Many feel talking openly and developing a healthy relationship with your sexuality is forbidden. This may stem from your parents’ attitude towards the topic, beliefs affiliated with your religious traditions, or merely just because you are lacking expertise, as you haven’t explored your body in depth. Why is one of our most primal instincts considered to be taboo? It’s time to discover what misconceptions have conditioned us into accepting anti-climatic (no pun intended) sex.
I thought I had a healthy relationship with sex. My parents didn’t treat the act as an unspeakable topic; after all, I had two older brothers who were acting out on their raging hormones, and my parents would proudly convey that after 30 plus years of marriage, they still had a very active sex life. I never felt that I suffered from “Catholic guilt” or that if I didn’t save myself until marriage I would go to hell. I was comfortable with my body and exploring the workings of it at an early age. But looking back, I completely had it wrong. I most definitely created some belief that my “number” represented my value. Terrified to add to the list of my sexual partners, I was ridiculously selective and denied myself any opportunity to explore casual sex. I also developed a belief that sex was not for my pleasure, but solely for my partner.
I mean, I knew what an orgasm was; I had given myself plenty of them. When it came to sex with a partner, I could never have an internal orgasm, and additionally, my sexual partners up until that point quite frankly didn’t care.
This created the madness all women have succumbed to at some point: faking it. Guys, if you think it’s impossible to fake a mind blowing orgasm, just watch Meg Ryan’s award winning performance in When Harry Met Sally
Psychology Today had an article stating, “Only one-quarter of women reliably experience orgasm during intercourse—no matter how long it lasts, no matter what size the man’s penis, and no matter how the woman feels about the man or the relationship.” This statistic came from Elizabeth Lloyd, a highly educated philosopher and Harvard Press author, who collected scientific data from the past 30 years and produced a book, The Case of the Female Orgasm.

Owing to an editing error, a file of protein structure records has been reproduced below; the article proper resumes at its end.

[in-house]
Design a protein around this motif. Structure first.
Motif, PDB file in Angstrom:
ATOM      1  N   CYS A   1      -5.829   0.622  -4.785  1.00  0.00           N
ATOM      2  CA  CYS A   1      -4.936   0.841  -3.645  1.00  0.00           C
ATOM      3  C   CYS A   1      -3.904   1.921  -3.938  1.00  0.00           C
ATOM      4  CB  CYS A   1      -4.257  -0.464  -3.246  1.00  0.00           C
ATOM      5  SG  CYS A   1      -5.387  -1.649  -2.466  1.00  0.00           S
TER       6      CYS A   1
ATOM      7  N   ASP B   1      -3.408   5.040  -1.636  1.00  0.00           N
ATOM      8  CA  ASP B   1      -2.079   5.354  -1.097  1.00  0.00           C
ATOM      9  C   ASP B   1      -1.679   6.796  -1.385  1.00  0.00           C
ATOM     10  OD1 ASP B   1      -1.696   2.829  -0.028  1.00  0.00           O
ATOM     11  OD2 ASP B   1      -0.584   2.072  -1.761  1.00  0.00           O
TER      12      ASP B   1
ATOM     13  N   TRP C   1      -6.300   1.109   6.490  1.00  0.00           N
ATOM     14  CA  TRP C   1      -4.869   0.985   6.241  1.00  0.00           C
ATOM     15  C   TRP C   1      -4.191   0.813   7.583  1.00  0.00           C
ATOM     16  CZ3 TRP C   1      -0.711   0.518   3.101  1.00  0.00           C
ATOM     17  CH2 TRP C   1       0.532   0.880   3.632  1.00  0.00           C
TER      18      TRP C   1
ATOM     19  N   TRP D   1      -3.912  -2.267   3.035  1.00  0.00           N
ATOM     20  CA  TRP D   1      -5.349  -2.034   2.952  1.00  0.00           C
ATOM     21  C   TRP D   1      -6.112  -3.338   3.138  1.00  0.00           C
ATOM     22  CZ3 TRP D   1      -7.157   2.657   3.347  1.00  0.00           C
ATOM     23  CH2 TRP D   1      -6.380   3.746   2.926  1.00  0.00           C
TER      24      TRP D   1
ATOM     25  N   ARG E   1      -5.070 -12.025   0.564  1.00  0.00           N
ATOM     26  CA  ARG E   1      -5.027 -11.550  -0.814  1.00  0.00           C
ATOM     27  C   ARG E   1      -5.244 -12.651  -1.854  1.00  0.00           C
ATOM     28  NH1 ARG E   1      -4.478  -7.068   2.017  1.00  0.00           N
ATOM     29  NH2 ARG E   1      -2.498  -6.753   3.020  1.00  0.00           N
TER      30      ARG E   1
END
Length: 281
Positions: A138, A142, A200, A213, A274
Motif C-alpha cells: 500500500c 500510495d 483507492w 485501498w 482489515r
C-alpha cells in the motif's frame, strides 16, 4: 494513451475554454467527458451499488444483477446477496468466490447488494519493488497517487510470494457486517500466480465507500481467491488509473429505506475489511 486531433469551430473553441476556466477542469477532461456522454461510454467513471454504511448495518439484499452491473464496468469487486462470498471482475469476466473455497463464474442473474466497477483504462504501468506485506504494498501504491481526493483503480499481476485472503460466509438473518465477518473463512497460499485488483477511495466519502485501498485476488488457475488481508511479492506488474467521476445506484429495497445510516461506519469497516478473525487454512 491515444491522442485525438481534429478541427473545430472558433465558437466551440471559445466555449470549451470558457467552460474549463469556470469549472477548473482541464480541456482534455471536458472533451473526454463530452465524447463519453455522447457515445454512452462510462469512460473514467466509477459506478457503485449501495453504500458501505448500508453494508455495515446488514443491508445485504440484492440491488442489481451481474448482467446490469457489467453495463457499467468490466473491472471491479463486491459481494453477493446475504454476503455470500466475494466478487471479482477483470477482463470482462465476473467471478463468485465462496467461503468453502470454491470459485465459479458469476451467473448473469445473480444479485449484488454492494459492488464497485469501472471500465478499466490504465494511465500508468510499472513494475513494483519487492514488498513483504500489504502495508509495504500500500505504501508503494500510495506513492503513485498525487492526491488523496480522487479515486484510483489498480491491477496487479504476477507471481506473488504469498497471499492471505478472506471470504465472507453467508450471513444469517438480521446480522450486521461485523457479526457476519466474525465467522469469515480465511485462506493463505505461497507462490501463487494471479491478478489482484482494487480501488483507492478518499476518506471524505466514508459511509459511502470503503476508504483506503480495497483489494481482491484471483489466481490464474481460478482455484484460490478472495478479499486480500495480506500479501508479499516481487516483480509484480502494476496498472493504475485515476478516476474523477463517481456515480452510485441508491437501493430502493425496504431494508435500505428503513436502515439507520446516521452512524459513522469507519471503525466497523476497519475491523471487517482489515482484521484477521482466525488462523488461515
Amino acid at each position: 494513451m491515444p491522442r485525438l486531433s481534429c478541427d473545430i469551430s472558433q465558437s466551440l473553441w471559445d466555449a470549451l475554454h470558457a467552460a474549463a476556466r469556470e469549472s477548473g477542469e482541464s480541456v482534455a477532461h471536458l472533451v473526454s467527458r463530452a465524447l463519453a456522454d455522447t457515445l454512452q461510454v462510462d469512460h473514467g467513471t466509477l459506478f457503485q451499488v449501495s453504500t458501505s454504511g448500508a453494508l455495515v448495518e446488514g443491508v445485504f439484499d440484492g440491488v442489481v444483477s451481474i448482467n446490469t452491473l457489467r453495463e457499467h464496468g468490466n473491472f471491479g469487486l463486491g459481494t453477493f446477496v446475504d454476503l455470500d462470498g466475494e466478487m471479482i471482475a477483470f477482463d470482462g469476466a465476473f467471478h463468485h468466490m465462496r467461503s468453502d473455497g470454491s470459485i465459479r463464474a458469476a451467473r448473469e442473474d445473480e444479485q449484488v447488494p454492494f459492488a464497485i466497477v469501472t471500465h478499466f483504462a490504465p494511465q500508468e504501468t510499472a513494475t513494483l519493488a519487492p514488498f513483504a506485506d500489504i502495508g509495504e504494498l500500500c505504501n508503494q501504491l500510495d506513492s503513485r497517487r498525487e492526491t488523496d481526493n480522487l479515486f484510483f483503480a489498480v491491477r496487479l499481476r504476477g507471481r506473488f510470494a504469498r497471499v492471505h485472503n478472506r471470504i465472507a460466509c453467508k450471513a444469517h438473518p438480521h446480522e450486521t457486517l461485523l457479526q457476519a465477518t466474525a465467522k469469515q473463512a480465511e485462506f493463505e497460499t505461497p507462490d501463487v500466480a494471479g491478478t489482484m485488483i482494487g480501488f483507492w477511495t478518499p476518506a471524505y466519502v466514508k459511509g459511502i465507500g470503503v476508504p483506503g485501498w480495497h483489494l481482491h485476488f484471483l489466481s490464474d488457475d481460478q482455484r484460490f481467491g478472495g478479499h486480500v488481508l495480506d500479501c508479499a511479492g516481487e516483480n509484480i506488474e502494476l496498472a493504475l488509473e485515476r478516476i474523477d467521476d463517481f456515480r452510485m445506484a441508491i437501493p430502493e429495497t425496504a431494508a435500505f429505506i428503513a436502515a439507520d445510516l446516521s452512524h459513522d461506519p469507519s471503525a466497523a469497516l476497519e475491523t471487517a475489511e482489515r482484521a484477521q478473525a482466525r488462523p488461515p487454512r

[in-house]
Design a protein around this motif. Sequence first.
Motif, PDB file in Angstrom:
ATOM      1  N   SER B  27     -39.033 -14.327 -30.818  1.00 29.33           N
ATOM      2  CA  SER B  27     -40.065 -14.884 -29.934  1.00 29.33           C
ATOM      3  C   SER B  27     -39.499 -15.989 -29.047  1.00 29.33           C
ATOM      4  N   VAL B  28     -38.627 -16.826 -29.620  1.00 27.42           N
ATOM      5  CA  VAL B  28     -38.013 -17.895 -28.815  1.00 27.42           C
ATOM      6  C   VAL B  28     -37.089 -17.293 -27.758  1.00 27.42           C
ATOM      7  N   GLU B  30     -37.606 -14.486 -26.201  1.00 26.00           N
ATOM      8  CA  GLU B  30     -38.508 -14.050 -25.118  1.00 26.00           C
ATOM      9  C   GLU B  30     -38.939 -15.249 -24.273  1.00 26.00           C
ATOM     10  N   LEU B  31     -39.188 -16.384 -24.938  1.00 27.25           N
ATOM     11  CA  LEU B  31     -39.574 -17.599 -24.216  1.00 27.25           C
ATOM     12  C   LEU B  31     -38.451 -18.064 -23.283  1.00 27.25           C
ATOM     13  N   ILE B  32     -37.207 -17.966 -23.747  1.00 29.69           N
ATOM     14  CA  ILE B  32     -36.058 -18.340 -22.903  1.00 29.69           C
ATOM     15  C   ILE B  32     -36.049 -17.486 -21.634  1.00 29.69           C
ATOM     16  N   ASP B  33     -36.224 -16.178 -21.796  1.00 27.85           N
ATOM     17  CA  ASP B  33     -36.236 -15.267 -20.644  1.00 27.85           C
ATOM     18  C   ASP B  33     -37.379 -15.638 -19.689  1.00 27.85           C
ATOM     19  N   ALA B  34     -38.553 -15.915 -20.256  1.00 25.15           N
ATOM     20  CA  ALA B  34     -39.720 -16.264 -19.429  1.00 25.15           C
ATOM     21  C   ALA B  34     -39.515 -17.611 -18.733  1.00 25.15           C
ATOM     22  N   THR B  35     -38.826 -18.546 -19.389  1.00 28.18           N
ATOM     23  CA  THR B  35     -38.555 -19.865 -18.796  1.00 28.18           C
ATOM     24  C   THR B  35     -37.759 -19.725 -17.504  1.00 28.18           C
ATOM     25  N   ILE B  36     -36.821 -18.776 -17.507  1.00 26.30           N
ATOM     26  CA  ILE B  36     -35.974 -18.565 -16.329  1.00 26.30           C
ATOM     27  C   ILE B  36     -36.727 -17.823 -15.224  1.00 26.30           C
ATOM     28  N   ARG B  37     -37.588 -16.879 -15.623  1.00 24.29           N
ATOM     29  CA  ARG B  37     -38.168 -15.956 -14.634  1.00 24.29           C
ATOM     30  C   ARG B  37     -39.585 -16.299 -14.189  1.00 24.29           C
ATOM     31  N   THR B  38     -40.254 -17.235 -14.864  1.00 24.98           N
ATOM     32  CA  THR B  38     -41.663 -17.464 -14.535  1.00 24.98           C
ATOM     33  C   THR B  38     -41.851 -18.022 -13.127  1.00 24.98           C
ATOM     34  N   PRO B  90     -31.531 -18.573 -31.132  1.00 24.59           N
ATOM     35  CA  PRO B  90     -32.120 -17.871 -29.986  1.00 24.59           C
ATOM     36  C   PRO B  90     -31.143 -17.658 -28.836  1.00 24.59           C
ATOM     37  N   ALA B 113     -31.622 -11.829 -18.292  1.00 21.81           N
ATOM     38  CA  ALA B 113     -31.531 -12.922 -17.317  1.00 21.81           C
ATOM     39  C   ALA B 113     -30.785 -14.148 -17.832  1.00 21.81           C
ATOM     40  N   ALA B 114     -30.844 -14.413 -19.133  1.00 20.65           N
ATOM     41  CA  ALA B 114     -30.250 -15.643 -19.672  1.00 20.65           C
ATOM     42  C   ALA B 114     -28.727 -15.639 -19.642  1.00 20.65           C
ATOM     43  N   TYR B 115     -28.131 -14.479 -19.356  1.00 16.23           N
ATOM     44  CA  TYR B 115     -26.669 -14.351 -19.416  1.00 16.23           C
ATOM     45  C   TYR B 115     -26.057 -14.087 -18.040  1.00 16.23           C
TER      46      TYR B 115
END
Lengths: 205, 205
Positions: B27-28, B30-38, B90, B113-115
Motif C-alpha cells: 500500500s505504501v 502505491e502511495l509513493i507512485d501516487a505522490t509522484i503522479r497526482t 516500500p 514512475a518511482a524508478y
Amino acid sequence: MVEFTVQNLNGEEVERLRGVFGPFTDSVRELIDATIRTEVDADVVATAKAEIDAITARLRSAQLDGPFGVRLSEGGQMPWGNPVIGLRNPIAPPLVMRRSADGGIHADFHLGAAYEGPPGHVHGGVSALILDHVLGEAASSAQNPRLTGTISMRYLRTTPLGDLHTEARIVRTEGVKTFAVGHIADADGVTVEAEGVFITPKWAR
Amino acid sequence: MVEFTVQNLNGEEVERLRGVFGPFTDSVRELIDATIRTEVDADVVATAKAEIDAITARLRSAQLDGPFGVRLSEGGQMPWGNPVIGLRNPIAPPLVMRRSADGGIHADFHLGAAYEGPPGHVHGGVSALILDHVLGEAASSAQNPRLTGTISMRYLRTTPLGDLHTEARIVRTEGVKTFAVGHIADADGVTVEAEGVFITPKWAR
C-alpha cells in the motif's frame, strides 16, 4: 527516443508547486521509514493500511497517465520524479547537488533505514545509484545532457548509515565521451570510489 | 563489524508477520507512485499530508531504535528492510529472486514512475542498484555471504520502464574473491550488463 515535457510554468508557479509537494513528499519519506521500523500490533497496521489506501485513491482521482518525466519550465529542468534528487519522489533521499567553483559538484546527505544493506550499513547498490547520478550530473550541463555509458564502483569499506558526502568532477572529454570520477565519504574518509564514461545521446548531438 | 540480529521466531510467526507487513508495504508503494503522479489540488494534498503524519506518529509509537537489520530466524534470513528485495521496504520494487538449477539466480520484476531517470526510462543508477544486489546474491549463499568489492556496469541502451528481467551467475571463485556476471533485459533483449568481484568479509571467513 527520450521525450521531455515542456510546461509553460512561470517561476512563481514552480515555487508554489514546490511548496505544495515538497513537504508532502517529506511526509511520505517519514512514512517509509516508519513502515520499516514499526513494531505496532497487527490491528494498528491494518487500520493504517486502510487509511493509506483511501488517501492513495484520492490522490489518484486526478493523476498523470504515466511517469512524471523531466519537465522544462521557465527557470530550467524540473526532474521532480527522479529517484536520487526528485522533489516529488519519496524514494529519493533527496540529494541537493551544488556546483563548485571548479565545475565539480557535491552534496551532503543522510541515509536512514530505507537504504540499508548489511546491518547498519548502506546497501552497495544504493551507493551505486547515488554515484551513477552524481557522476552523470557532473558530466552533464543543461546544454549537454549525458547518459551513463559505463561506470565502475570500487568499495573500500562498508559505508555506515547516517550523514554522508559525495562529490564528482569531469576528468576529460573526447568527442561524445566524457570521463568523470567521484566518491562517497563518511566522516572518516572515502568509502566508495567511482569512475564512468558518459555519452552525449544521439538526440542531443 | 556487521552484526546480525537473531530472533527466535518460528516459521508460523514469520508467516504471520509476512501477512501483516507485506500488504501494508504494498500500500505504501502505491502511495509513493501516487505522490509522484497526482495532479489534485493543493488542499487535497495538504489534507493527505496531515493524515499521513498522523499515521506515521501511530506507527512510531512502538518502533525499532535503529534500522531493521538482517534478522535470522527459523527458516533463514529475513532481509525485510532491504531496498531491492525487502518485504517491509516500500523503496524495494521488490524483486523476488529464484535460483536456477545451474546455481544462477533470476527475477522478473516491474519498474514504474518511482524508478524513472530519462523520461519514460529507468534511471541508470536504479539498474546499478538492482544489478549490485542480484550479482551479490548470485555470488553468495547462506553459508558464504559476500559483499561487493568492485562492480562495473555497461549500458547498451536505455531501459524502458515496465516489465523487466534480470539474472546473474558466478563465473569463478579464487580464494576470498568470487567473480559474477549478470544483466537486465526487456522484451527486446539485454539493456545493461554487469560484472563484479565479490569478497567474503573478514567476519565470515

Perhaps females started faking it decades ago because it was ingrained in them they were unworthy? Or it takes just too much damn time? I know this causes pressure on both parties, so let’s just speed up the process, reach inside, and find our inner Meg Ryan, and nobody’s feelings get hurt.
I first realized this was a potential problem when I would go on my annual girls trip with my best girlfriends and our conversations would inevitably end up about penises, vaginas, and sex. All my friends were having these mind blowing orgasms. One general commonality I picked up on was these ladies were being vocal with their partners. Vocal as in telling their partner what they liked and what to did to get them off. We are terrified that if we try to coach or correct our man, it would be a huge stab to the ego, but in reality, guys like being told what works and what doesn’t!
As I started to embrace my newly single life, one thing that exponentially changed was the kind of sex I was having. In addition to my self-help books, I also started listening to relationship recovery podcasts, and miraculously I discovered Dr. Emily Morse and her captivating, real, and empowering podcast, “Sex With Emily.” One of the first episodes I heard, completely changed the game for me. “Flirty, Squirty, and Thriving” featured Dr. Nikki Goldstein. Nikki had just released a book, Single But Dating, and was discussing all the stigmas tied to being single, casual sex, and owning your sexuality. I immediately drove to the nearest book store and grabbed this book. I began to be confident with my choices, my body, and honest communication. As much as I pride myself on being an independent boss bitch, I equally enjoy exuding my femininity and being in tune with the goddess inside of me.
I certainly haven’t reach the pinnacle of crying during sex or making myself orgasm through breathing techniques, but I have learned to let go of any shame associated with my sexuality. I stopped having sex with someone solely for their pleasure and learned being vocal is okay, and it’s normal! Like many, it is still pretty damn impossible for me to have an internal orgasm, so I make sure I incorporate what works for me. Owning my sexuality is just another area of growth in living my best life.